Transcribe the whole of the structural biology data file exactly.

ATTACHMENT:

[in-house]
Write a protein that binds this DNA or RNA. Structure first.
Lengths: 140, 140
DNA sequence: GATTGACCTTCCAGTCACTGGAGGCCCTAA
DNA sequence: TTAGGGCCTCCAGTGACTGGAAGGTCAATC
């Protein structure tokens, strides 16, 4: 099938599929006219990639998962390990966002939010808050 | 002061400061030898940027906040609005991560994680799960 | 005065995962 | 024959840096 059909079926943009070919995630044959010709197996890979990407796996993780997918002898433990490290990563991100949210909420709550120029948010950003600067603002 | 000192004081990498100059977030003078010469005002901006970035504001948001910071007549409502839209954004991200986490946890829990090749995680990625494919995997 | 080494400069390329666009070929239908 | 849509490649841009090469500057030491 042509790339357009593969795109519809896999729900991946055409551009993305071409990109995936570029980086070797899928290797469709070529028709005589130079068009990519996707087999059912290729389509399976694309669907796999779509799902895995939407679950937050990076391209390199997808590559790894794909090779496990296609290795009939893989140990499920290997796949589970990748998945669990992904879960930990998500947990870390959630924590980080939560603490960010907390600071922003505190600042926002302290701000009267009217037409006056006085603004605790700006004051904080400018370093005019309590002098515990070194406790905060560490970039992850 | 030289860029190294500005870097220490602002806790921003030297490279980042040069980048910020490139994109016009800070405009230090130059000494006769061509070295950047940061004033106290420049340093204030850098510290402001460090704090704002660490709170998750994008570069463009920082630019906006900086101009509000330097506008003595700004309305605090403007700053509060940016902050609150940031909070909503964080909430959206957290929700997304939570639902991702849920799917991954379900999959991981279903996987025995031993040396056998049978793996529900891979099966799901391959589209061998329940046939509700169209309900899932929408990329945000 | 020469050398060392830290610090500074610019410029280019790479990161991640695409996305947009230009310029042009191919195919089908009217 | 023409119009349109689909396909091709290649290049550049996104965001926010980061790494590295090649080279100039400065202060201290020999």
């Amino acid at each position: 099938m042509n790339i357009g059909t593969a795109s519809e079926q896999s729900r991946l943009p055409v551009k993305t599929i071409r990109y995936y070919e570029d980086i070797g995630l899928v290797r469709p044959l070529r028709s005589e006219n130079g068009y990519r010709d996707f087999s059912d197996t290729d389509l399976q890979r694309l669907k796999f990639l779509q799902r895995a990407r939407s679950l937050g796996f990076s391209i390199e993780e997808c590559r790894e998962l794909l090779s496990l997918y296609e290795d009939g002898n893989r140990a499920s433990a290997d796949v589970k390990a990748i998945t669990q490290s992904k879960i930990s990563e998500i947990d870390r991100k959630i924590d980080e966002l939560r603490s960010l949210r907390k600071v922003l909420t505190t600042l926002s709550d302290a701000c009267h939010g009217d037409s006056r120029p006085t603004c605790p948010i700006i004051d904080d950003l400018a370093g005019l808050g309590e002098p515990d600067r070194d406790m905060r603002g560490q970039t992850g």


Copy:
[in-house]
Write a protein that binds this DNA or RNA. Structure first.
Lengths: 140, 140
DNA sequence: GATTGACCTTCCAGTCACTGGAGGCCCTAA
DNA sequence: TTAGGGCCTCCAGTGACTGGAAGGTCAATC
């Protein structure tokens, strides 16, 4: 099938599929006219990639998962390990966002939010808050 | 002061400061030898940027906040609005991560994680799960 | 005065995962 | 024959840096 059909079926943009070919995630044959010709197996890979990407796996993780997918002898433990490290990563991100949210909420709550120029948010950003600067603002 | 000192004081990498100059977030003078010469005002901006970035504001948001910071007549409502839209954004991200986490946890829990090749995680990625494919995997 | 080494400069390329666009070929239908 | 849509490649841009090469500057030491 042509790339357009593969795109519809896999729900991946055409551009993305071409990109995936570029980086070797899928290797469709070529028709005589130079068009990519996707087999059912290729389509399976694309669907796999779509799902895995939407679950937050990076391209390199997808590559790894794909090779496990296609290795009939893989140990499920290997796949589970990748998945669990992904879960930990998500947990870390959630924590980080939560603490960010907390600071922003505190600042926002302290701000009267009217037409006056006085603004605790700006004051904080400018370093005019309590002098515990070194406790905060560490970039992850 | 030289860029190294500005870097220490602002806790921003030297490279980042040069980048910020490139994109016009800070405009230090130059000494006769061509070295950047940061004033106290420049340093204030850098510290402001460090704090704002660490709170998750994008570069463009920082630019906006900086101009509000330097506008003595700004309305605090403007700053509060940016902050609150940031909070909503964080909430959206957290929700997304939570639902991702849920799917991954379900999959991981279903996987025995031993040396056998049978793996529900891979099966799901391959589209061998329940046939509700169209309900899932929408990329945000 | 020469050398060392830290610090500074610019410029280019790479990161991640695409996305947009230009310029042009191919195919089908009217 | 023409119009349109689909396909091709290649290049550049996104965001926010980061790494590295090649080279100039400065202060201290020999």
């Amino acid at each position: 099938m042509n790339i357009g059909t593969a795109s519809e079926q896999s729900r991946l943009p055409v551009k993305t599929i071409r990109y995936y070919e570029d980086i070797g995630l899928v290797r469709p044959l070529r028709s005589e006219n130079g068009y990519r010709d996707f087999s059912d197996t290729d389509l399976q890979r694309l669907k796999f990639l779509q799902r895995a990407r939407s679950l937050g796996f990076s391209i390199e993780e997808c590559r790894e998962l794909l090779s496990l997918y296609e290795d009939g002898n893989r140990a499920s433990a290997d796949v589970k390990a990748i998945t669990q490290s992904k879960i930990s990563e998500i947990d870390r991100k959630i924590d980080e966002l939560r603490s960010l949210r907390k600071v922003l909420t505190t600042l926002s709550d302290a701000c009267h939010g009217d037409s006056r120029p006085t603004c605790p948010i700006i004051d904080d950003l400018a370093g005019l808050g309590e002098p515990d600067r070194d406790m905060r603002g560490q970039t992850g």